If you'll be seeing family for the holidays, you hopefully have some positive reasons for why these folks matter to you. Likewise, there's probably some things that drive you crazy. I recently had a couple ask me how they could avoid reverting back to old patterns when they're home with family....Read More
Blog - Essays, Articles, Videos, and Tips
You’ve probably experienced this before—you’re having a regular, nice, normal conversation with your partner, and suddenly they are pissed off at you. Or, your partner is already unhappy about something unrelated to you, so you’re talking to them and offering support. But without warning, you now see anger on their face that is directed at you. What happened?!
In any relationship, and especially early in a relationship, you can’t necessarily predict what is going to trigger your partner’s insecurities or patterns, and how they are going to interpret something that otherwise seems benign to you. And when they react with hurt or anger, it may leave you flustered, confused, and defensive. But instead of being reactive, try nicely asking these two questions:
1. What could I have done or said differently?
2. Why is this important to you (or what does this mean to you)?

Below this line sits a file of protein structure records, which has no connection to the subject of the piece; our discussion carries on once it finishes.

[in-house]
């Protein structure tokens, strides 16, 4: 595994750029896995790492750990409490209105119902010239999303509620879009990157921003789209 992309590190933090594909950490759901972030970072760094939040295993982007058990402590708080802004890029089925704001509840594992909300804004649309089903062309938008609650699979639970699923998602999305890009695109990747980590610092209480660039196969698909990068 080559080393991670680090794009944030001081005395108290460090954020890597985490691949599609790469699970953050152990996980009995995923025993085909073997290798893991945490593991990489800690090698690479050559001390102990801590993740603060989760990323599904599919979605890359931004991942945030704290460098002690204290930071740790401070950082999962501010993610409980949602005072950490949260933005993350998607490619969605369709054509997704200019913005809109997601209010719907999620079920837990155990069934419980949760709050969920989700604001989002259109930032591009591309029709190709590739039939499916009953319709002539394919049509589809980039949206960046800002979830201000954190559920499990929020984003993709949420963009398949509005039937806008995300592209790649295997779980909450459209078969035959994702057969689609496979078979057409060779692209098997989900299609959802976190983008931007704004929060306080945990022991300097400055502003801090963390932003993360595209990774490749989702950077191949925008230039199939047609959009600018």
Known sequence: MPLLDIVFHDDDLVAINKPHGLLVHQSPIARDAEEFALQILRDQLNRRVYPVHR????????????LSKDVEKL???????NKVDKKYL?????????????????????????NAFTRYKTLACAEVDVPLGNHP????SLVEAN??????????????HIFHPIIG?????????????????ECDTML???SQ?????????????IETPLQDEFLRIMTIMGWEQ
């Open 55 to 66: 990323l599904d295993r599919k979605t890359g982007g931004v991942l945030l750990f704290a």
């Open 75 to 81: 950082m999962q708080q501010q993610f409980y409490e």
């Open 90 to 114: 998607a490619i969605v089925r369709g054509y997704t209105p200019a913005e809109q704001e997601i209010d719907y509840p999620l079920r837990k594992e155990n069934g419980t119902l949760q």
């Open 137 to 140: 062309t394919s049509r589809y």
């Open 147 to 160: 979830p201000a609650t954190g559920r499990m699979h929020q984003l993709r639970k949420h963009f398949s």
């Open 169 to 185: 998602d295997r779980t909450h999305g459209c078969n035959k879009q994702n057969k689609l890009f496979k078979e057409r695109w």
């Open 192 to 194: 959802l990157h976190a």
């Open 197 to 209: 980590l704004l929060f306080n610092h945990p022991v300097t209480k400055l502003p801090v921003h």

Asking questions like this is helpful because it’s a total pattern-interrupt for both of you. You have the opportunity do something different, stay present in the moment, and both bring some structure and rationale to an emotionally triggered situation. Then, by asking what you could have done differently, you get the opportunity to get into the head of your partner, and find out what he/she needed in that moment or was expecting. This also makes your partner take responsibility for coming up with a potential solution, instead of just being pissed off. The second question gets to the heart of why your partner was triggered. Did they think you were talking down to them? Trying to “fix” the situation? Implying they were stupid? Or that you didn’t care about them? Listen carefully when they share their interpretation and meaning of that interaction, and don’t rush to defend your actions. And then apologize.
Hopefully, by allowing your partner to speak their truth in that moment and listening with genuine interest instead of defensiveness, they feel heard and understood. And you can now gently share about your thoughts and intentions, and come to a better understanding as a couple overall. I suggest sharing these questions with your partner so that you can both use these as a tool to work through conflict and stay powerful as a team.
Dr. Jenn Gunsaullus, San Diego Sexologist | Sociologist | Sexuality Speaker